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    It doesn't matter whether it is a shorter track or not, as all you do is plug in the RPM's and what the MPH is at that RPM. In your case using the formula from Wallace Racing (http://www.wallaceracing.com/calcmph.php) with the 5.57 gear , 32 tall slicks, and 7800 rpm the MPH should be 133.37 without any slippage or tire growth. Now if you keep adjusting the RPM's down until you get the MPH that you are actually running, the number will be 6500RPM that corresponds to 111 MPH. That shows that you have 1300 rpm's of slippage. This other calculator from Wallace (http://www.wallaceracing.com/converter-slip.php) shows that the converter slippage is 17% assuming a rollout of 102" for your slicks.

    To give you an idea, my car has the 16x33 slicks, with 4.56, 1.80 powerglide, weighs 2700lbs and my 60fts are 1.238 leaving at 4000 and I run the 1/8th at 5.64 @ 121 mph at 6200 rpm's at the finish and that is only about 8% slippage. If I was to make a gear change and was only going to be running 1/8th mile, I would go to the 5.13 which would move the RPM's to around 7000 at the finish.

    Bill

  9. #9
    Senior Member RACING JUNKIE
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    Thx Bill,
    I appreciate your reply as I do all, only way I'm going to learn anything about anything is to ask questions, sorry if I sounded sarcastic to anyone.

    The rollout on my phoenix slicks are 103, I remember seeing it on the tires when I bought them, double checked and both were dead on 103.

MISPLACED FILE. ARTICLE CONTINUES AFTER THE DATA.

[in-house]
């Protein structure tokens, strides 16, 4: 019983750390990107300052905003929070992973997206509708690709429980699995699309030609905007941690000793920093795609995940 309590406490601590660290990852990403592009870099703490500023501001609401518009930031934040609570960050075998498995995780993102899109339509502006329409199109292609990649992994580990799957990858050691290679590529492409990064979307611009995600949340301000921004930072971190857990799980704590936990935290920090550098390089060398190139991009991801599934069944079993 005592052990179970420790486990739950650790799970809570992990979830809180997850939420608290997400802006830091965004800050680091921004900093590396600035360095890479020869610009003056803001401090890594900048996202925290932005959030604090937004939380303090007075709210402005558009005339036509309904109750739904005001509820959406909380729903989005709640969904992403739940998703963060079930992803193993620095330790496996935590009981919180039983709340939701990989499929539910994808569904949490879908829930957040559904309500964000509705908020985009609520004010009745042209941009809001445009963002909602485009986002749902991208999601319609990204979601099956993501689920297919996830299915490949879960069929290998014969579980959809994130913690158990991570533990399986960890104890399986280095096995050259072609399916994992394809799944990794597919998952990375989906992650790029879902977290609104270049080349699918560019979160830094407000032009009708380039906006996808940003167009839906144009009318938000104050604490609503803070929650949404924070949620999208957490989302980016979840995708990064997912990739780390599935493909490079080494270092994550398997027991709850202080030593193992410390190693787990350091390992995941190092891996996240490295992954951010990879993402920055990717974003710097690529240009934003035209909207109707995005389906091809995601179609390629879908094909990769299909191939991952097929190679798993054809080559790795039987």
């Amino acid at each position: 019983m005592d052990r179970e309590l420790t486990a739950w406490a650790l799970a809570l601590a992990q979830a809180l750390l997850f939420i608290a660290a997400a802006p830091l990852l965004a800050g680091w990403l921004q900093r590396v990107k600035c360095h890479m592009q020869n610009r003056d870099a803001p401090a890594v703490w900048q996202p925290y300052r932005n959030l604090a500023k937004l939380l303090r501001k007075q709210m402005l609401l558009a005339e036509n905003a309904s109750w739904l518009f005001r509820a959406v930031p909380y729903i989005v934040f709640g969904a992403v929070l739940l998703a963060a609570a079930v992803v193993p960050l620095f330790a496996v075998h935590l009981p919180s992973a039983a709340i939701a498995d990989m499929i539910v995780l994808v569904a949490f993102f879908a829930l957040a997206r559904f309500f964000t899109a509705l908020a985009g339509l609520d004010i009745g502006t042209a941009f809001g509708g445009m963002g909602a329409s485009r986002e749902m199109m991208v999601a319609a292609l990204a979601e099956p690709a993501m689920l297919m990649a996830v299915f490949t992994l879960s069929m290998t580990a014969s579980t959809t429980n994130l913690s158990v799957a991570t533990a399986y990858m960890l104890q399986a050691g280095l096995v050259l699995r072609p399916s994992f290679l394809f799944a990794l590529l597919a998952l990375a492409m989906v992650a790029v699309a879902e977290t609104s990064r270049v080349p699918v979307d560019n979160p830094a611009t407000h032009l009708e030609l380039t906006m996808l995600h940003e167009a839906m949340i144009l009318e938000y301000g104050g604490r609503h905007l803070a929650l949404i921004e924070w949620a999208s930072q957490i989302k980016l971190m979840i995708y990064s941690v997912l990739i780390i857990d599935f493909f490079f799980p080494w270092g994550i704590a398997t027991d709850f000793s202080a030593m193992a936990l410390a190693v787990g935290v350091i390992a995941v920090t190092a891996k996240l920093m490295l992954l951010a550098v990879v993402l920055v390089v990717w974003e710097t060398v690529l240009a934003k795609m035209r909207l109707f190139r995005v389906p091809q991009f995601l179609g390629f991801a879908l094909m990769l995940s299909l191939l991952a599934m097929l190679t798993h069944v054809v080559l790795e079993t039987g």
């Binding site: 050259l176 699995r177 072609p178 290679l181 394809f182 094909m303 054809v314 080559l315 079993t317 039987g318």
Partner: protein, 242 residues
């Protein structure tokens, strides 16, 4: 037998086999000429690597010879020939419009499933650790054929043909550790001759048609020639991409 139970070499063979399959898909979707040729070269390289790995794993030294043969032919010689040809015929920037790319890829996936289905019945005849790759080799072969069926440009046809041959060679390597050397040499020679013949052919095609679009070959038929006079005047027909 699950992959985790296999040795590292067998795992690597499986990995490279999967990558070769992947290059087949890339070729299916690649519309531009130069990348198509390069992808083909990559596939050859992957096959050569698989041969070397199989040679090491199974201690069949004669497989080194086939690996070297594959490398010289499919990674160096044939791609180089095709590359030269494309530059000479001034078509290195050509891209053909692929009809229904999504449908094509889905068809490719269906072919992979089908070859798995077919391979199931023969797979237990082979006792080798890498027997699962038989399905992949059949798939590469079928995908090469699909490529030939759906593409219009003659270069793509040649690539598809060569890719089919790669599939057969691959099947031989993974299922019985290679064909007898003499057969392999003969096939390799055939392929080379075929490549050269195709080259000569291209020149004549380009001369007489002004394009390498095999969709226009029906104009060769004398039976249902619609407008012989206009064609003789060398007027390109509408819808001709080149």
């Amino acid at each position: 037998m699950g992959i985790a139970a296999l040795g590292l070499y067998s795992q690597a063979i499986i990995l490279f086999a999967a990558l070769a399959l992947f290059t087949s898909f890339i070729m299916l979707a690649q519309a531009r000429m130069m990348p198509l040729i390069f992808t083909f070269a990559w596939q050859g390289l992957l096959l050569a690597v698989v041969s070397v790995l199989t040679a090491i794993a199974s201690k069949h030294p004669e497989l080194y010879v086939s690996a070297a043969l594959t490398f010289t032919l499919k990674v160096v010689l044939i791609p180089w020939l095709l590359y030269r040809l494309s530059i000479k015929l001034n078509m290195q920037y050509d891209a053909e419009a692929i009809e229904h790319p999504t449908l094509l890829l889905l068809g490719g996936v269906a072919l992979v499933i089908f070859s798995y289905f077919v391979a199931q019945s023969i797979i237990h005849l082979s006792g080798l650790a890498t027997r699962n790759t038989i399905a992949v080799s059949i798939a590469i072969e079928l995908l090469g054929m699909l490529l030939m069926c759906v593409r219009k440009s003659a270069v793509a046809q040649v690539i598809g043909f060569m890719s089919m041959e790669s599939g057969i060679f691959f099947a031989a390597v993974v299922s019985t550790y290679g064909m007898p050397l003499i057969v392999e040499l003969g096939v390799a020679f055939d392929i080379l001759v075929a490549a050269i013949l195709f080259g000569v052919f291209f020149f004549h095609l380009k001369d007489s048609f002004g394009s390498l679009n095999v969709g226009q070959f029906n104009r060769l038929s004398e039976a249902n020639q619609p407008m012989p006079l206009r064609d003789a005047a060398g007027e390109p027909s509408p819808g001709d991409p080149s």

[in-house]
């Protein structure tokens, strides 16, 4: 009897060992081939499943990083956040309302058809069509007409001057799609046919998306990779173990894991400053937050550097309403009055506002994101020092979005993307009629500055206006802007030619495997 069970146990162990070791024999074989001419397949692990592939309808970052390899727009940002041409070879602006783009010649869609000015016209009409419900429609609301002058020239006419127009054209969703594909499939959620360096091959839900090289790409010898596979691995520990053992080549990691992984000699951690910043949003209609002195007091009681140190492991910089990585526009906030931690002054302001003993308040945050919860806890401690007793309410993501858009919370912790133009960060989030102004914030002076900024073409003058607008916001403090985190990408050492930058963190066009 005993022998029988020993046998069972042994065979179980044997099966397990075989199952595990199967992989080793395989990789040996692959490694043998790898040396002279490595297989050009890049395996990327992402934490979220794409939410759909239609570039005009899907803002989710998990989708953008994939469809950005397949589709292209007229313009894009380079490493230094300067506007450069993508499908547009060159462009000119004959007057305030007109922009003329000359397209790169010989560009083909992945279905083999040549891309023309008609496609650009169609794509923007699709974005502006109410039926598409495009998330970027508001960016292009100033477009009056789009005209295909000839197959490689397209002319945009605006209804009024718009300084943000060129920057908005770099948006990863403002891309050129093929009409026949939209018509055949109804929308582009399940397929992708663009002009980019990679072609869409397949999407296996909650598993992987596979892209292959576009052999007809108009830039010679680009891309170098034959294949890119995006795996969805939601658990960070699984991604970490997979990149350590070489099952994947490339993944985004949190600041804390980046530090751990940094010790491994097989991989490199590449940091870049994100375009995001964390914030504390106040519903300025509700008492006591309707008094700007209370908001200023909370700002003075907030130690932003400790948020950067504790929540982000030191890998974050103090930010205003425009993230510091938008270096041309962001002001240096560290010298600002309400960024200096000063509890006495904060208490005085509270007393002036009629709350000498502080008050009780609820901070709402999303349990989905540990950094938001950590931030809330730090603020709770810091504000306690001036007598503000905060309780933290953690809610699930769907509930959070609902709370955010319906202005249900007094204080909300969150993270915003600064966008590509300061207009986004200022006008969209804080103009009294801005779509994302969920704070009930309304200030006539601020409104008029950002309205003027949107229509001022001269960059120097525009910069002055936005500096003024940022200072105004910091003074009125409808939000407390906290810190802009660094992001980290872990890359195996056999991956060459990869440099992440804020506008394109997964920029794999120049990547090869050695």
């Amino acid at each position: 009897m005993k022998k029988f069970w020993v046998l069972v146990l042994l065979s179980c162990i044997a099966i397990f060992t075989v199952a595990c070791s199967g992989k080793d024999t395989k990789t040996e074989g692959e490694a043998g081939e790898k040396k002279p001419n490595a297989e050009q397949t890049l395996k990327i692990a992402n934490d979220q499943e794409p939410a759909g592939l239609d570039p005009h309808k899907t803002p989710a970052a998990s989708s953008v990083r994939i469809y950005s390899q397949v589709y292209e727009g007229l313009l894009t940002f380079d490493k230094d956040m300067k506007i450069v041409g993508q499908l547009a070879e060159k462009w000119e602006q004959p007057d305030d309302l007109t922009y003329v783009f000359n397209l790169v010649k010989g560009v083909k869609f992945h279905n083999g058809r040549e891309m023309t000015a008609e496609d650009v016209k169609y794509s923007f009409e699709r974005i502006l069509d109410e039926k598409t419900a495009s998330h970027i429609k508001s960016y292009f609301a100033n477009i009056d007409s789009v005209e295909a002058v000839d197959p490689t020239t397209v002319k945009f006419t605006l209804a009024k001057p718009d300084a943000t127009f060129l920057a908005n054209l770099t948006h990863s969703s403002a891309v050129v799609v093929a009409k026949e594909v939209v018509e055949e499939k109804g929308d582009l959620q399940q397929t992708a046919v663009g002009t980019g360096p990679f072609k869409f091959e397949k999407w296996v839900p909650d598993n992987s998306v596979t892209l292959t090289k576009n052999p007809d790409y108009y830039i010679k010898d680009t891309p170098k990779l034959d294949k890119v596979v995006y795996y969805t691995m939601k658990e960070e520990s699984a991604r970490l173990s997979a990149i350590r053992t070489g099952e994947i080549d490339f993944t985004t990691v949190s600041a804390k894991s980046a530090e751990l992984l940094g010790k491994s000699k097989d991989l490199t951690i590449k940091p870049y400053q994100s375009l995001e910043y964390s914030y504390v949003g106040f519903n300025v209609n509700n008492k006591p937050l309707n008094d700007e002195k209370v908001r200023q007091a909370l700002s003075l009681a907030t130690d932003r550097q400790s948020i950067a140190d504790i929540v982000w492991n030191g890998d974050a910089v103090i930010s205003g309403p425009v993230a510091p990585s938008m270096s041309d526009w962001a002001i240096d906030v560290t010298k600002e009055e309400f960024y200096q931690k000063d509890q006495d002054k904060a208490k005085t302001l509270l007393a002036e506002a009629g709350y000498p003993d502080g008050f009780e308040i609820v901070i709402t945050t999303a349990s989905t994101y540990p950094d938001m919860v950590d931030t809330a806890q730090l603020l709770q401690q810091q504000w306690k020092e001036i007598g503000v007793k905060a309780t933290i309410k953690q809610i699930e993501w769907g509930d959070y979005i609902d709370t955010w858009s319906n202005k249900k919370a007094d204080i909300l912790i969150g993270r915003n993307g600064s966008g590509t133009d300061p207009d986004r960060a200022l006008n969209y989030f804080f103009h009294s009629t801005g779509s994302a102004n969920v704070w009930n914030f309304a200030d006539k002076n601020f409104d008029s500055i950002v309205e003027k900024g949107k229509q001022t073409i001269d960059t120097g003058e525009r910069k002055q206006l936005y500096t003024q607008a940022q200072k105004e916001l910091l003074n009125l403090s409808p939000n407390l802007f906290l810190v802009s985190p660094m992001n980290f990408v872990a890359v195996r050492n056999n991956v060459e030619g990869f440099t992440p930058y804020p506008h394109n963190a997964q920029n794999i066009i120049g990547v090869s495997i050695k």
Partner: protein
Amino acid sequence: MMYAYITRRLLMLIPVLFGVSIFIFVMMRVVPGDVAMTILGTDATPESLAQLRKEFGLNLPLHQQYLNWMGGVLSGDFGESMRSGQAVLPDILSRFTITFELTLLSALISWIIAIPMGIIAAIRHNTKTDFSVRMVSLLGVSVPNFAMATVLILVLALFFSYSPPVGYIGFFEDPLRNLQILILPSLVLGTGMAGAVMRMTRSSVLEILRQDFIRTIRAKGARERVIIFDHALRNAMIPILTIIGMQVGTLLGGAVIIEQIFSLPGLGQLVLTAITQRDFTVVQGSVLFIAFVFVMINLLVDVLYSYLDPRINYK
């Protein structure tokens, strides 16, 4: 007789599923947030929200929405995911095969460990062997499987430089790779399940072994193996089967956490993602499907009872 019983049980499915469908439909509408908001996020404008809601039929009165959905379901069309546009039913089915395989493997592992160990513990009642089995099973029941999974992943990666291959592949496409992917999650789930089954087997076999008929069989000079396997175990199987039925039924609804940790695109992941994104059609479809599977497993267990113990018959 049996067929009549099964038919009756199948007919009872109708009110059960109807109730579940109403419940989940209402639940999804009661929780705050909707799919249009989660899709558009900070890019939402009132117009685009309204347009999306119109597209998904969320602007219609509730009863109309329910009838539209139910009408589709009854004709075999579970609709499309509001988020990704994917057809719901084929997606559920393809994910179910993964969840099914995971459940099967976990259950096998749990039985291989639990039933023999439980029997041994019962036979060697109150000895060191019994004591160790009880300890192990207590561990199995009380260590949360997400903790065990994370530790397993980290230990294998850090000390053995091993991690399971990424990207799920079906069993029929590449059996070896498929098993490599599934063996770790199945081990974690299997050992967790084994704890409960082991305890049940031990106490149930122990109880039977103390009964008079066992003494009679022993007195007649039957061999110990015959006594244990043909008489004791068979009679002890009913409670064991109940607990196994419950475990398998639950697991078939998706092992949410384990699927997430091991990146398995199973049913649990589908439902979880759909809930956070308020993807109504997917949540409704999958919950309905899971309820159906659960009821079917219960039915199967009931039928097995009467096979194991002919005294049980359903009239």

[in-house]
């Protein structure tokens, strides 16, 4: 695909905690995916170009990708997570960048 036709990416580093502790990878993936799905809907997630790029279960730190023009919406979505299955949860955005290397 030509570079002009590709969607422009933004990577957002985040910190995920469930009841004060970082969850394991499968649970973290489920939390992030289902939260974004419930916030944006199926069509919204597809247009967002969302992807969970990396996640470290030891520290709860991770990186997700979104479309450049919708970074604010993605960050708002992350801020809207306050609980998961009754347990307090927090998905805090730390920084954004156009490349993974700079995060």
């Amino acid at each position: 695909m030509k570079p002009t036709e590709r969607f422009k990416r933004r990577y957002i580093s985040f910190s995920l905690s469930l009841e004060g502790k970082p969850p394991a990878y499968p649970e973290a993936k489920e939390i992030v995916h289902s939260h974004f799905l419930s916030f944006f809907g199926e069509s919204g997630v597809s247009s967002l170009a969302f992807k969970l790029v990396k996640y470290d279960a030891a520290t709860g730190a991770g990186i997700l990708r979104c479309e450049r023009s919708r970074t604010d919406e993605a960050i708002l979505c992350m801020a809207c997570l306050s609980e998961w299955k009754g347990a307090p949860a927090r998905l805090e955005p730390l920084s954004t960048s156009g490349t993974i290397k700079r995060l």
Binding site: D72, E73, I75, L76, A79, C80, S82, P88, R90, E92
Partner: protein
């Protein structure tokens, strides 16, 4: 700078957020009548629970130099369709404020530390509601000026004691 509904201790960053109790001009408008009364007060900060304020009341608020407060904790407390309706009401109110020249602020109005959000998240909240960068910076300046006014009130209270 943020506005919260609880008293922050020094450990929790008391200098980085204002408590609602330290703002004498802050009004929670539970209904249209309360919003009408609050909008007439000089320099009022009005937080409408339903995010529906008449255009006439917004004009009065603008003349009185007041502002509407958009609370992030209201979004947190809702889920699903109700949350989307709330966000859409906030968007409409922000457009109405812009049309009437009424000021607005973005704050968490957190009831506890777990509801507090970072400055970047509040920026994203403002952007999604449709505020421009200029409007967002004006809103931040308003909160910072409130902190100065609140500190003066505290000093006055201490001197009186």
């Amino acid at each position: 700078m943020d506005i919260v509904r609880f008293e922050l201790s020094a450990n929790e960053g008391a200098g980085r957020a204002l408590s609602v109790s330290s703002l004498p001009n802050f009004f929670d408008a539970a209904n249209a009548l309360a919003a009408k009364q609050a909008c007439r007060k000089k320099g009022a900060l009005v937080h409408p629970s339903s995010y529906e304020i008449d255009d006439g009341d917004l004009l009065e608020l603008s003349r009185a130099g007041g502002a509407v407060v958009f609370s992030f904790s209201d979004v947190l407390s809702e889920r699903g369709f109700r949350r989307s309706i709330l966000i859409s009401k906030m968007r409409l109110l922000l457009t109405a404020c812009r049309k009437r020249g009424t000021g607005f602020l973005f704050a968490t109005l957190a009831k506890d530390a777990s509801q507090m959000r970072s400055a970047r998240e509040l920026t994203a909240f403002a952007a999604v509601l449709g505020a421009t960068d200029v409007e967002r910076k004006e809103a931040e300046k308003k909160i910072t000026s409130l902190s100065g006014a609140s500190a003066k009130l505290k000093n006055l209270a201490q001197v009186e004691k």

I doubt that an extra 1/2 would change those figures much, just throwing that out there.

    I'll admit my converter is in noway fresh (2 seasons) I'm sure it has some slippage.

    What would be the worst case scenario or the point at which I need to get the converter addressed?


    Over 15% over 20% I have no idea.

    The car runs very consistent as it is and yanks the front wheels and totes them a good bit. The tranny fluid has always looked red as it did when I put it in no burnt smell either.

    My main concern is the rpms at the stripe.

    Thx, Cp
    ***IN GOD WE TRUST***

  10. #10
    Senior Member MASTER BUILDER
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    Charles,
    The difference on the roll out of the slicks will move yours on up to 18% slippage. The slippage isn't always about how old the converter is, but how efficient it is. Age can make them inefficient, but they can be built that way also.

    I feel that a good number is 300-400 rpms of slippage and mine is at about 450rpms, so I would definitely be looking at any converter that has over 10% and much over 500rpms of slippage. This is horsepower lost that is not moving the car.

    If you were able to have your converter rebuilt to where it only had about 10% slippage, which would be about 500rpms then that would put you at about 7000 at the stripe. What rpms' does your engine fall to on the shift as this is the effective stall of your converter? Mine drops to about 5800rpms on the shift into high gear.

    Bill